Acts of courage in movies are so rare these days that sometimes you don't even register them. But along comes "Before Sunrise," a wondrously soft and gentle romance about two young people with brains as well as glands, which is also, in its quiet way, courageous.
The two meet -- not particularly cutely -- on the day train to Vienna. They look like stereotypes: He's a scruffy American poet-bad boy, with a goatee and the bright and brittle look of a guy who's been dumped hard, in jeans, gray T-shirt and a beat-up leather jacket. She's an English-speaking French graduate student, with one of those ever-changeable, oddly almost-beautiful faces that's so much more memorable than a model's perfect beauty. She's dressed in accordance to the rules of youth wardrobe herself, a frumpy dress over a T-shirt, a dead plaid shirt. She's reading a dense text and one can infer a tendency toward intellectualization. They begin to talk.
And you're thinking: OK, when's the cut? Where's the banter? Who's going to be in the ironic subplot? What body part will we see first?
And the answers, as they play out: No cuts. No banter. No subplots. No nudity.
Writer-director Richard Linklater, bless his revolutionary soul, just lets it roll along in almost real-time -- all the yammering, drifting, sweet, stupid, pretentious, ill-considered, bravado-rich, unfunny and heartfelt chatter of two people feeling their way through the fog of each other's public personalities toward each other's souls. The plot outline seems to have been appropriated from E. M. Forster: Only connect. It's about only connecting.
You could cruelly summarize "Before Sunrise" as talk, talk, talk and you wouldn't be wrong. You could point out that it's not bright movie-talk, it's frequently repetitive and circular, and you wouldn't be wrong, either. And you could point out that at certain parts the film is easier to admire in theory than it is to enjoy in reality. But still . . .
But still, it's something of a miracle. For unlike any other movie, "Before Sunrise" offers people who feel intimately recognizeable. Jesse (Ethan Hawke) starts up his conversation with Celine (Julie Delpy) and it becomes immediately apparent that there's a chemical attraction between them. They reach Vienna, his destination, but not hers (she's headed to Paris). But he cannot let go.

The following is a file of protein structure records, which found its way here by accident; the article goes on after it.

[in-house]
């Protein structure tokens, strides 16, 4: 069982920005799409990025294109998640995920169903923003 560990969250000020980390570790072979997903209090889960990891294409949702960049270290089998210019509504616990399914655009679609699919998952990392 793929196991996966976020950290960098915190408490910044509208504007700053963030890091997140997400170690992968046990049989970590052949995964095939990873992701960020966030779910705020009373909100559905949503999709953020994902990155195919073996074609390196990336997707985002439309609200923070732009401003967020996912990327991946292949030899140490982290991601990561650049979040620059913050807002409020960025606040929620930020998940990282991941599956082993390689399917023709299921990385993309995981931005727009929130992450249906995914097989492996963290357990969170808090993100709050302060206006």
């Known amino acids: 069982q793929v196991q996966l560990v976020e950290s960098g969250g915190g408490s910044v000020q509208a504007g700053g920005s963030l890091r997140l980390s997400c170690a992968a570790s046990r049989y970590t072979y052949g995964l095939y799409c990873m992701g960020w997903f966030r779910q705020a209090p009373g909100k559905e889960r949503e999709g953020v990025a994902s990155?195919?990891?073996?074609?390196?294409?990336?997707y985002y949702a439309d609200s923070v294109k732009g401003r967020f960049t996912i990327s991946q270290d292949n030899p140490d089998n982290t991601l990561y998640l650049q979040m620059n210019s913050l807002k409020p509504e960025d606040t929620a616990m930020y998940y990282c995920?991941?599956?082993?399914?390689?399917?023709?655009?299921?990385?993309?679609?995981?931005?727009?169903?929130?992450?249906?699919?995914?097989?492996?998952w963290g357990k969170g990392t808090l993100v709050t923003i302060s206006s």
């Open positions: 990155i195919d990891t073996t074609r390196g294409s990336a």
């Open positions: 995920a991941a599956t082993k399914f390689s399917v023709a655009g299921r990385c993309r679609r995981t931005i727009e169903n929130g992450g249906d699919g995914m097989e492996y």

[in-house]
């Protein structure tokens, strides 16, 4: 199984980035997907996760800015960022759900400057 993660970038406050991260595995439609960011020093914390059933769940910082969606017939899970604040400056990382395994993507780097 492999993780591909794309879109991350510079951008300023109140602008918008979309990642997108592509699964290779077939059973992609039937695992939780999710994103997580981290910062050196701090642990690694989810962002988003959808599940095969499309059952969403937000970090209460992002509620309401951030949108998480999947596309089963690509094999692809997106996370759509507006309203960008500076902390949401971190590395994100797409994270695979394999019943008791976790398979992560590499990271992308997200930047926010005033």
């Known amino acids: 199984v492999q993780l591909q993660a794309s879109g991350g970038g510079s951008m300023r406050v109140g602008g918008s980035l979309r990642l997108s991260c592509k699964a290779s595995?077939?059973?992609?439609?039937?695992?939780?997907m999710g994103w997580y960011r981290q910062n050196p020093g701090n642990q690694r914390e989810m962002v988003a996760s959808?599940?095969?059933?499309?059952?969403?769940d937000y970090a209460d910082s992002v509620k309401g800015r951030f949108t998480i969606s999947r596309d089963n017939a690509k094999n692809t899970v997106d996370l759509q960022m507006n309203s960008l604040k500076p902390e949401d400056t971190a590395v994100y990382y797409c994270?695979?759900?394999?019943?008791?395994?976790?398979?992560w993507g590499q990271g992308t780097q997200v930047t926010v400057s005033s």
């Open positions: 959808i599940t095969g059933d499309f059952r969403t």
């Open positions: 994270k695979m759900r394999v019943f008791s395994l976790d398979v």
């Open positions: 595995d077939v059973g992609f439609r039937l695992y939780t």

Wild idea: Hey, why don't you get off here with me. I'm just going to wander around Vienna because I don't have enough money for a hotel room. Tomorrow morning I take a flight back to the U.S. It's a fling kind of thing.
Astonishingly, she says yes.
That's the movie: Jessie and Celine, wandering about one of Europe's most fabled cities, yapping the night away. One o'clock, 2 o'clock, 3 o'clock, 4 o'clock TALK, 5 o'clock, 6 o'clock, 7 o'clock, 8 o'clock TALK, 9 o'clock, 10 o'clock, 11 o'clock, 12 o'clock TALK, we're going to TALK TALK TALK around the clock tonight, we're going to TALK TALK TALK until the broad daylight.
No clever adventures, no amusing minor characters, no real sense of Vienna as an enchanted glade, font of Mitteleuropa culture. It's just a city; they're just tourists. They have a couple of beers, a meal, they walk, they talk.
Their lives emerge eventually, but not in excruciating detail. We never know which state he's from, what he's studying or hopes to be; we never know much more about her either. At their age, life is relationships, not a resume.
Most heroically, Linklater doesn't oversentimentalize his characters. Jesse is quite capable of pitiful behavior, as when a fortune-teller doesn't find him as interesting as he believes himself to be, setting him off on an infantile tirade. Celine, for her part, has odd twitches, too: a memory of a relationship so obsessive it sounds unhealthy.
But most astonishingly, both these actors are familiar from other films. Delpy was the monumentally cool object of desire in Krzysztof Kieslowski' "White" and the co-star of Roger Avary's "Killing Zoe." Hawke has been playing sensitive, embittered idealists for so long he probably has a patent out on the product, as in "Dead Poet's Society" or "Reality Bites."
Yet the deepest triumph of each performance is that by reel two you've forgotten the whole professional actor thing, and you're not hearing lines or thinking of other movies you've seen them in. They're no longer stars; they're Jesse and Celine.
Starring Ethan Hawke and Julie Delpy
Directed by Richard Linklater
Released by Castle Rock